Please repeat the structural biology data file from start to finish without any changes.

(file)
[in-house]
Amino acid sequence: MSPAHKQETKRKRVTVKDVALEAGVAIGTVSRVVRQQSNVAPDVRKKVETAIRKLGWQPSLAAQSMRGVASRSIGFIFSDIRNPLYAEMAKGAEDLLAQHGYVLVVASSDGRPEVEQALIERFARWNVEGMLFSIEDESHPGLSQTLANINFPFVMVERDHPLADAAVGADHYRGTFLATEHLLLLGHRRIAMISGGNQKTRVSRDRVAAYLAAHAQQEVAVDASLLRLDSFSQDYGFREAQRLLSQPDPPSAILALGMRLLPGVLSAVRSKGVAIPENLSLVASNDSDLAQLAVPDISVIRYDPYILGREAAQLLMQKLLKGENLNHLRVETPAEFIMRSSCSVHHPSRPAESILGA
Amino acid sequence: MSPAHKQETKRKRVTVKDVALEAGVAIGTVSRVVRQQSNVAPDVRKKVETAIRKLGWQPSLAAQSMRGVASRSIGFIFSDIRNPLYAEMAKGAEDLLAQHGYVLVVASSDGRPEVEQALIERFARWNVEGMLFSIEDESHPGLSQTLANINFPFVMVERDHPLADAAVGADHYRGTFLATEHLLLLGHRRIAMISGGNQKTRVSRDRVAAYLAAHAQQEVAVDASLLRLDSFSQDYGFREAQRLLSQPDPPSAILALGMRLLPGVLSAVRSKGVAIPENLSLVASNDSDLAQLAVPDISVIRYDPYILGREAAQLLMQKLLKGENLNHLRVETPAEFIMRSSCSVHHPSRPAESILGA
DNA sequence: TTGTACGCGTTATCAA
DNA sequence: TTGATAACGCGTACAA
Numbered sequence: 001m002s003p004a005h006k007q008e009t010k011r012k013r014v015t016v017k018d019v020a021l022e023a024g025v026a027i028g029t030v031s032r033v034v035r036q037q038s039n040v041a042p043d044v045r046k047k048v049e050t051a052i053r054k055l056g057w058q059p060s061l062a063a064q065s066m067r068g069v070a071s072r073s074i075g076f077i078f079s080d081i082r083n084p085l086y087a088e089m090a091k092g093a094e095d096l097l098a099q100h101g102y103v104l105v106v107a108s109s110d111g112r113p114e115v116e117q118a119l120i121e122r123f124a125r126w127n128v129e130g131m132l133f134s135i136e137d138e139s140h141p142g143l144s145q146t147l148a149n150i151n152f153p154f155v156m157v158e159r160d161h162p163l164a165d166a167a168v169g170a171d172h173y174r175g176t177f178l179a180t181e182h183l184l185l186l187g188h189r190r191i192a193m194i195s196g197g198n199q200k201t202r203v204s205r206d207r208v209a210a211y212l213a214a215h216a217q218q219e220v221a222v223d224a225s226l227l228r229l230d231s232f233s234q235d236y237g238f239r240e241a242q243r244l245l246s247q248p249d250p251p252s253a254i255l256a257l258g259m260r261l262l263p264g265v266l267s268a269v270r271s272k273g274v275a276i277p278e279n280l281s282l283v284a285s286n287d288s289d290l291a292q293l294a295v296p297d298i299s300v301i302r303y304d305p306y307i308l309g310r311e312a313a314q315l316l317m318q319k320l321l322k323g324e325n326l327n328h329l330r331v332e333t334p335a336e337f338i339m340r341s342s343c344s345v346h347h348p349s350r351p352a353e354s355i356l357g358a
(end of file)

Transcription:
[in-house]
Amino acid sequence: MSPAHKQETKRKRVTVKDVALEAGVAIGTVSRVVRQQSNVAPDVRKKVETAIRKLGWQPSLAAQSMRGVASRSIGFIFSDIRNPLYAEMAKGAEDLLAQHGYVLVVASSDGRPEVEQALIERFARWNVEGMLFSIEDESHPGLSQTLANINFPFVMVERDHPLADAAVGADHYRGTFLATEHLLLLGHRRIAMISGGNQKTRVSRDRVAAYLAAHAQQEVAVDASLLRLDSFSQDYGFREAQRLLSQPDPPSAILALGMRLLPGVLSAVRSKGVAIPENLSLVASNDSDLAQLAVPDISVIRYDPYILGREAAQLLMQKLLKGENLNHLRVETPAEFIMRSSCSVHHPSRPAESILGA
Amino acid sequence: MSPAHKQETKRKRVTVKDVALEAGVAIGTVSRVVRQQSNVAPDVRKKVETAIRKLGWQPSLAAQSMRGVASRSIGFIFSDIRNPLYAEMAKGAEDLLAQHGYVLVVASSDGRPEVEQALIERFARWNVEGMLFSIEDESHPGLSQTLANINFPFVMVERDHPLADAAVGADHYRGTFLATEHLLLLGHRRIAMISGGNQKTRVSRDRVAAYLAAHAQQEVAVDASLLRLDSFSQDYGFREAQRLLSQPDPPSAILALGMRLLPGVLSAVRSKGVAIPENLSLVASNDSDLAQLAVPDISVIRYDPYILGREAAQLLMQKLLKGENLNHLRVETPAEFIMRSSCSVHHPSRPAESILGA
DNA sequence: TTGTACGCGTTATCAA
DNA sequence: TTGATAACGCGTACAA
Numbered sequence: 001m002s003p004a005h006k007q008e009t010k011r012k013r014v015t016v017k018d019v020a021l022e023a024g025v026a027i028g029t030v031s032r033v034v035r036q037q038s039n040v041a042p043d044v045r046k047k048v049e050t051a052i053r054k055l056g057w058q059p060s061l062a063a064q065s066m067r068g069v070a071s072r073s074i075g076f077i078f079s080d081i082r083n084p085l086y087a088e089m090a091k092g093a094e095d096l097l098a099q100h101g102y103v104l105v106v107a108s109s110d111g112r113p114e115v116e117q118a119l120i121e122r123f124a125r126w127n128v129e130g131m132l133f134s135i136e137d138e139s140h141p142g143l144s145q146t147l148a149n150i151n152f153p154f155v156m157v158e159r160d161h162p163l164a165d166a167a168v169g170a171d172h173y174r175g176t177f178l179a180t181e182h183l184l185l186l187g188h189r190r191i192a193m194i195s196g197g198n199q200k201t202r203v204s205r206d207r208v209a210a211y212l213a214a215h216a217q218q219e220v221a222v223d224a225s226l227l228r229l230d231s232f233s234q235d236y237g238f239r240e241a242q243r244l245l246s247q248p249d250p251p252s253a254i255l256a257l258g259m260r261l262l263p264g265v266l267s268a269v270r271s272k273g274v275a276i277p278e279n280l281s282l283v284a285s286n287d288s289d290l291a292q293l294a295v296p297d298i299s300v301i302r303y304d305p306y307i308l309g310r311e312a313a314q315l316l317m318q319k320l321l322k323g324e325n326l327n328h329l330r331v332e333t334p335a336e337f338i339m340r341s342s343c344s345v346h347h348p349s350r351p352a353e354s355i356l357g358a